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Medical Oncology Program
Optimism is the driving force behind the Pancreas Center medical oncology team's view of patient care.
Unwilling to approach pancreatic cancer with the hopelessness that often accompanies a diagnosis of pancreatic cancer, the team administers chemotherapy pre-operatively, post-operatively, and for primary treatment.
In addition to being up to date with the current standard of care for pancreatic cancer, our team also strives to develop and deliver cutting-edge treatment options that can lengthen patient survival.
|GTX Increases Response Rates and Survival|
|Metastatic Patients||Response Rates (%)||10||50|
|Median Survival (mo)||6.0||14.0|
|Inoperable Patients||Response Rates (%)||10||67|
|Median Survival (mo)||8||24|
One of these treatment innovations is GTX, which combines existing chemotherapy drugs, Gemzar, Taxotere, and Xeloda, in a unique regimen.
Despite pancreatic cancer's traditional resistance to chemotherapy, GTX has proven effective and boasts the highest response and survival rates in the United States and Europe in Phase II trials.
Dr. Robert Fine, director of the Pancreas Center medical oncology team, developed GTX in his Columbia University College of Physicians and Surgeons laboratory over the course of two years.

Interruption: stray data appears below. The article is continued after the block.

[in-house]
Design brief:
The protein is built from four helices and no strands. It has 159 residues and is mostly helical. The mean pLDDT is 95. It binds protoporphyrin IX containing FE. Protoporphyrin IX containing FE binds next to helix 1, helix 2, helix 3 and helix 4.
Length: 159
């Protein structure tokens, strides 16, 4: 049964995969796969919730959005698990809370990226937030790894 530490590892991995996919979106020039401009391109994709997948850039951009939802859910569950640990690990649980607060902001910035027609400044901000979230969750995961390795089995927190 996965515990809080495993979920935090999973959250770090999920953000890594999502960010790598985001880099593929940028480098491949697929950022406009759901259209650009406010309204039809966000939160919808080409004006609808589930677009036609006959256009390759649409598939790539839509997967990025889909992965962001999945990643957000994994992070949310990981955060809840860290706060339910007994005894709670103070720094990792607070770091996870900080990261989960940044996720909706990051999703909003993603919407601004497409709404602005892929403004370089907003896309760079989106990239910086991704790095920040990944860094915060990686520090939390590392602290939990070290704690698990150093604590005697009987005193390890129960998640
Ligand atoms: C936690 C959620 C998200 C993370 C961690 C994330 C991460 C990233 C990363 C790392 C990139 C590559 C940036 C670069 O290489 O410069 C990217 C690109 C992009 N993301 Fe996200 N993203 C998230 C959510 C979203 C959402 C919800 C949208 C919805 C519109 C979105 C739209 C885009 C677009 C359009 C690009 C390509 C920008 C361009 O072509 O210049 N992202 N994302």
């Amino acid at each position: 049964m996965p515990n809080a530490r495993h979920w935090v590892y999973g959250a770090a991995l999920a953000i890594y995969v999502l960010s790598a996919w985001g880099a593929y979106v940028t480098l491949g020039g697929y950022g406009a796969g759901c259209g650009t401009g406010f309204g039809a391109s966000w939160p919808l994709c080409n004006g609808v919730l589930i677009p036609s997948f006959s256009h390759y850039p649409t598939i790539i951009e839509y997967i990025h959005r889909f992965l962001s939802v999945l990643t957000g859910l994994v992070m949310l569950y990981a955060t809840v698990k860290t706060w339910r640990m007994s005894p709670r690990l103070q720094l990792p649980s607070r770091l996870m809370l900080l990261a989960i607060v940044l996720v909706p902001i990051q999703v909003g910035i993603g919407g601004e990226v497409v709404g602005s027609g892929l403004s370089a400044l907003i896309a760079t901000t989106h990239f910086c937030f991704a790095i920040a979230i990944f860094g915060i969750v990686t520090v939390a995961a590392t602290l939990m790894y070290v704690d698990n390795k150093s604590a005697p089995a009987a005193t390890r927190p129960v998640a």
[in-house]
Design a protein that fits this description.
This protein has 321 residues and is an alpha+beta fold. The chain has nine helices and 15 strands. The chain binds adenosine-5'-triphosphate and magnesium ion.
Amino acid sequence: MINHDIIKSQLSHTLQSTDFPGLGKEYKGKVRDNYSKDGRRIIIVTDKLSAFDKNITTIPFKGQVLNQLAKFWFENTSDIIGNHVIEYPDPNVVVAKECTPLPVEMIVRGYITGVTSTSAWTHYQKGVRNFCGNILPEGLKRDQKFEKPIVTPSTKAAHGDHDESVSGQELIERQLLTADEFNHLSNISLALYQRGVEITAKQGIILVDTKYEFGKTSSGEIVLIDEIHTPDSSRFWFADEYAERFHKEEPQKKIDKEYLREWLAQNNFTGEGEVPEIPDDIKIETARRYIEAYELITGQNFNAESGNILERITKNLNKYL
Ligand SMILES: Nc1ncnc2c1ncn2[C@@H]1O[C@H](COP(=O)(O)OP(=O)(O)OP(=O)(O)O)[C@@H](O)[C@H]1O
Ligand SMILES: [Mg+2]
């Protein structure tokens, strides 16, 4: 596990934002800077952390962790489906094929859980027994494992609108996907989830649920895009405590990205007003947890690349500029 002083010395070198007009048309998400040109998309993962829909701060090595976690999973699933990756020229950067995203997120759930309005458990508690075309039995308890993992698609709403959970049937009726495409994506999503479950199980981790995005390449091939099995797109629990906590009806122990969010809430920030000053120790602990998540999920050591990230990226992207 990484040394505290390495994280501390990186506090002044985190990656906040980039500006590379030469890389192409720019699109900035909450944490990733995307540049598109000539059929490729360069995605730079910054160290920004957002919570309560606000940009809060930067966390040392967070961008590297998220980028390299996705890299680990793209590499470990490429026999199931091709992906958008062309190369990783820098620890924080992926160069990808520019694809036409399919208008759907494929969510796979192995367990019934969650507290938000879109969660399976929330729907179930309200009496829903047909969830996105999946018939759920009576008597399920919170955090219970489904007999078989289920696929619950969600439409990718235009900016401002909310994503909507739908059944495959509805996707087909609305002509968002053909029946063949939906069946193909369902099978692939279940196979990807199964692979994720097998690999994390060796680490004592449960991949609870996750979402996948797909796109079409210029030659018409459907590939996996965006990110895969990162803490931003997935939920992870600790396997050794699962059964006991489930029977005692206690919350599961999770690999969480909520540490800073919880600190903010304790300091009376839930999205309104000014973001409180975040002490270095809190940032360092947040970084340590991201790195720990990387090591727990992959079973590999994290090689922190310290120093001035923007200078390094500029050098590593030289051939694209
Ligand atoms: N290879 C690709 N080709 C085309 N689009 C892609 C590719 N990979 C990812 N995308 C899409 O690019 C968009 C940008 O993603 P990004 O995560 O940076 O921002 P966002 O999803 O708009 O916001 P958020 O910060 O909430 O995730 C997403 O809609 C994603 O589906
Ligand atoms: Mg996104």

Based on scientific principles, GTX relies on a specific chemotherapy schedule to bypass the tumor's resistance mechanisms and kill the cancerous cells.
The drug combination and schedule also have a relatively low toxicity when compared to other multi-drug chemotherapy regimens.
To date, GTX has been the most successful treatment for patients with a metastatic disease profile, when delivered by oncologists familiar with GTX, doubling the median survival rate of six months when treated with Gemzar alone.
In some cases, when GTX is administered in a neoadjuvant setting with radiation, tumors previously categorized as unresectable shrink enough to be removed through surgical methods.
At the Pancreas Center, we have been able to offer surgical treatment to 67% of inoperable patients after neoadjuvant chemotherapy.